Duration of treatment / exposure:
3 months (102 days)
Frequency of treatment:
6 hours/day, 5 days/week (total of 70-73 days during the study)
Dose / conc.:
250 ppm (nominal)
Dose / conc.:
1 000 ppm (nominal)
Dose / conc.:
2 500 ppm (nominal)
No. of animals per sex per dose:
controls and high dose: 20/sex
low and mid dose: 10/sex
Control animals:
yes
Observations and clinical examinations performed and frequency:
CAGE SIDE OBSERVATIONS/DETAILED CLINICAL OBSERVATIONS
- Checks for Mortality, Moribundity and Noteworthy Signs of Toxicity: Twice daily (AM and PM)
- Observations During Exposures: Rats were observed for signs of toxicity once during the last hour of each exposure. This included brushing and tapping the exposure chambers' exteriors.
- Observations After Exposure: Animals were observed for abnormal clinical signs as they were removed from their exposure cages and returned to their home cages.
- Detailed Observations for Signs of Toxicity (including palpation for masses): Once weekly

BODY WEIGHT
- Time schedule for examinations: Once weekly, (Body weights were also taken as part of the FOB on a monthily basis).

FOOD CONSUMPTION
-Time schedule: Once weekly

OPHTHALMOSCOPIC EXAMINATION
- Time schedule for examinations:Twice (prior to assignment on study and during the l4th week of the exposure)
- Dose groups that were examined: All rats were examined prior to assignment to study. The control and 2500 ppm groups were examined during the l4th week of exposure.
Neurobehavioural examinations performed and frequency:
The behavioral tests consisted of a Functional Observational Battery (FOB) and a test for motor activity (MA). Both tests were conducted prior to initiation of exposure to the chemical and during the 4th, 8th, and l3th weeks of exposure. For each time period, behavioral tests were conducted over a 4-day period with 25 animals tested each day. Animals were distributed such that the time of testing for all periods was balanced across groups and devices. MA and FOB tests were conducted at approximately the same time of day throughout this study.

FUNCTIONAL OBSERVATIONAL BATTERY: Yes
An FOB was performed to detect gross functional deficits and to quantify behavioral effects. A single trained observer was used to conduct the FOB on all animals. Previous to the study, the observer demonstrated proficiency in conducting the FOB.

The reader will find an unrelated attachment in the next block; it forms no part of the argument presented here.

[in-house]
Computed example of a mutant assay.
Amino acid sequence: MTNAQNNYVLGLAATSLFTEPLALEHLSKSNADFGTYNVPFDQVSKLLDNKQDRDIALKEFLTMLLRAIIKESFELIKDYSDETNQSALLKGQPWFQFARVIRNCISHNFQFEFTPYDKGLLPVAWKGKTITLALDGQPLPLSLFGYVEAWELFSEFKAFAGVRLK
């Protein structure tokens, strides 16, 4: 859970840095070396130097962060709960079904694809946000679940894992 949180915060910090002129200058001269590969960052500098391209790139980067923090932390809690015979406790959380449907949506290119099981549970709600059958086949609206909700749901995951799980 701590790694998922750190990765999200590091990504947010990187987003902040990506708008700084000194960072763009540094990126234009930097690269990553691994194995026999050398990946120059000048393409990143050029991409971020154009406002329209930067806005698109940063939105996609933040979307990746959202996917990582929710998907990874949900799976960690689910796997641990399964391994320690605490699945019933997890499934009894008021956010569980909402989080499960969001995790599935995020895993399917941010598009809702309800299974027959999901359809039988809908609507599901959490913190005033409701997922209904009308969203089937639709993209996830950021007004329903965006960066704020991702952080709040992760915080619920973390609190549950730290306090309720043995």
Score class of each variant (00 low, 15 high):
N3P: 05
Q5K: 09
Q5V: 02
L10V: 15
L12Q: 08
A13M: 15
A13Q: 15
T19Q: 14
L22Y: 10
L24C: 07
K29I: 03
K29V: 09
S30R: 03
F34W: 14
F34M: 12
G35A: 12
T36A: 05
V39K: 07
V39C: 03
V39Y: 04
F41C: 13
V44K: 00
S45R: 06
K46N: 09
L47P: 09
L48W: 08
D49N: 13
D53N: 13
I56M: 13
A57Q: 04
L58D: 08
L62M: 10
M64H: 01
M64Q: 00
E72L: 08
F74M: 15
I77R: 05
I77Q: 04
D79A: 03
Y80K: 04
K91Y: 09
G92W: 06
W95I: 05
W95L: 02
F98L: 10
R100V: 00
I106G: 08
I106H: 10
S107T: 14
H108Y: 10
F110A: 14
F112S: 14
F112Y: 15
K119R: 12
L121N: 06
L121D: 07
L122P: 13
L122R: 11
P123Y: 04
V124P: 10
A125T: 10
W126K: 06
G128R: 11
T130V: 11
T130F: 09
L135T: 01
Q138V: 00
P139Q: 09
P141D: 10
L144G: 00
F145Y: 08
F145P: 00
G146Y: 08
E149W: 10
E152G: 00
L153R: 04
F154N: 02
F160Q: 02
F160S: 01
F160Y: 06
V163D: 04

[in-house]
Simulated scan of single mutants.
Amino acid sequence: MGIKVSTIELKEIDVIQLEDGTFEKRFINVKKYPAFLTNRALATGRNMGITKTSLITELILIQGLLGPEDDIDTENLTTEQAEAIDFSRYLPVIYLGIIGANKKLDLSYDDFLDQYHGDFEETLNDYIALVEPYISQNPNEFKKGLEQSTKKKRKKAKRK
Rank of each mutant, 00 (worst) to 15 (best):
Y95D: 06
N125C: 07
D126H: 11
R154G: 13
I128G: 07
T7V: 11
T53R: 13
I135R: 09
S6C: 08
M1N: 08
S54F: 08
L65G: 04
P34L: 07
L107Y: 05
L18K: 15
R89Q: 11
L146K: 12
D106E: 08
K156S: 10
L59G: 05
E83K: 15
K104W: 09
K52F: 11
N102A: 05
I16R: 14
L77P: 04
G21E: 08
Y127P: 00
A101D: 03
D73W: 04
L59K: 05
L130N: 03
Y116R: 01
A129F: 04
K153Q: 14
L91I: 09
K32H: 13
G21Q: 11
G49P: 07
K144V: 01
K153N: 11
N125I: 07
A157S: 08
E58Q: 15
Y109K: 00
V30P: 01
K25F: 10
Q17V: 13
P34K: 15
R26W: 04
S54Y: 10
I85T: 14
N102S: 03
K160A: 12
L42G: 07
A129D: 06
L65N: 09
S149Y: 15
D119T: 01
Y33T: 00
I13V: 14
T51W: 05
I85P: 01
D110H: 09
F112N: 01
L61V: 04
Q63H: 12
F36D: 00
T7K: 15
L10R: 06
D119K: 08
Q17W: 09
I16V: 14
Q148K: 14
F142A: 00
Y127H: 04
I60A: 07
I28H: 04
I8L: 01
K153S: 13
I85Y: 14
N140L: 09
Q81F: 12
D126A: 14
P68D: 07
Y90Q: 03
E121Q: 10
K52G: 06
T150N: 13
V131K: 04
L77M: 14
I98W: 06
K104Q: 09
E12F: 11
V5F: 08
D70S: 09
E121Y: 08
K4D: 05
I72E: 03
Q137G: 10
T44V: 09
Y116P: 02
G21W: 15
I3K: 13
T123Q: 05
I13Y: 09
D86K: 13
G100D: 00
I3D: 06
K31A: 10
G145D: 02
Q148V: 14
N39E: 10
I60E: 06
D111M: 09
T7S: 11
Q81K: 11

Animals were identified using codes that did not provide information on exposure concentration so that the observer was unaware of each animal's treatment. In addition, the observer could not associate any particular animal with others from the same group. Finally, the order in which the animals were tested was randomized so that there was no discernible pattern to the order in which animal from different exposure concentrations were tested.

LOCOMOTOR ACTIVITY: Yes
Motor activity was tested by placing individual animals into separate automated photobeam activity recording devices. Each monitoring session was 1 hour long. This length of time had been previously determined as being long enough for the activity of untreated rats to approach asymptotic levels for the last 20% of the session. Prior to each test session, a diagnostic test was performed to ensure proper photocell operation and equivalent functioning across devices. The 25 animals (5 - 8 per exposure concentration) tested each day were randomly distributed across the activity devices.
Sacrifice and (histo)pathology:
Gross Necropsv of Animals Selected for Neuropathologic Evaluation:
Occurrence: At study termination (approximately 3 months)
Animals Examined: Five rats/sex/concentration were randomly selected to be perfused in preparation for neuropathologic evaluation. One rat that was sacrificed in a moribund state was similarly perfused. Since this rat was scheduled for perfusion at terminal sacrifice, it was replaced by another rat from the same group at that time.
Extent of Examination: These rats were not given a complete necropsy. However, abnormalities observed during perfusion or tissue collection were documented.
Perfusion and Fixation: Heparin sulfate was injected intraperitoneally approximately 10 minutes prior to necropsy. The rats were next anesthetized by inhalation of halothane or intraperitoneal injection of sodium pentobarbital (65 mg/ml). The thoracic cavity was then opened and whole body perfusion-fixation was accomplished by intracardial infusion of sodium nitrite followed by 4% formaldehyde/1.5% glutaraldehyde.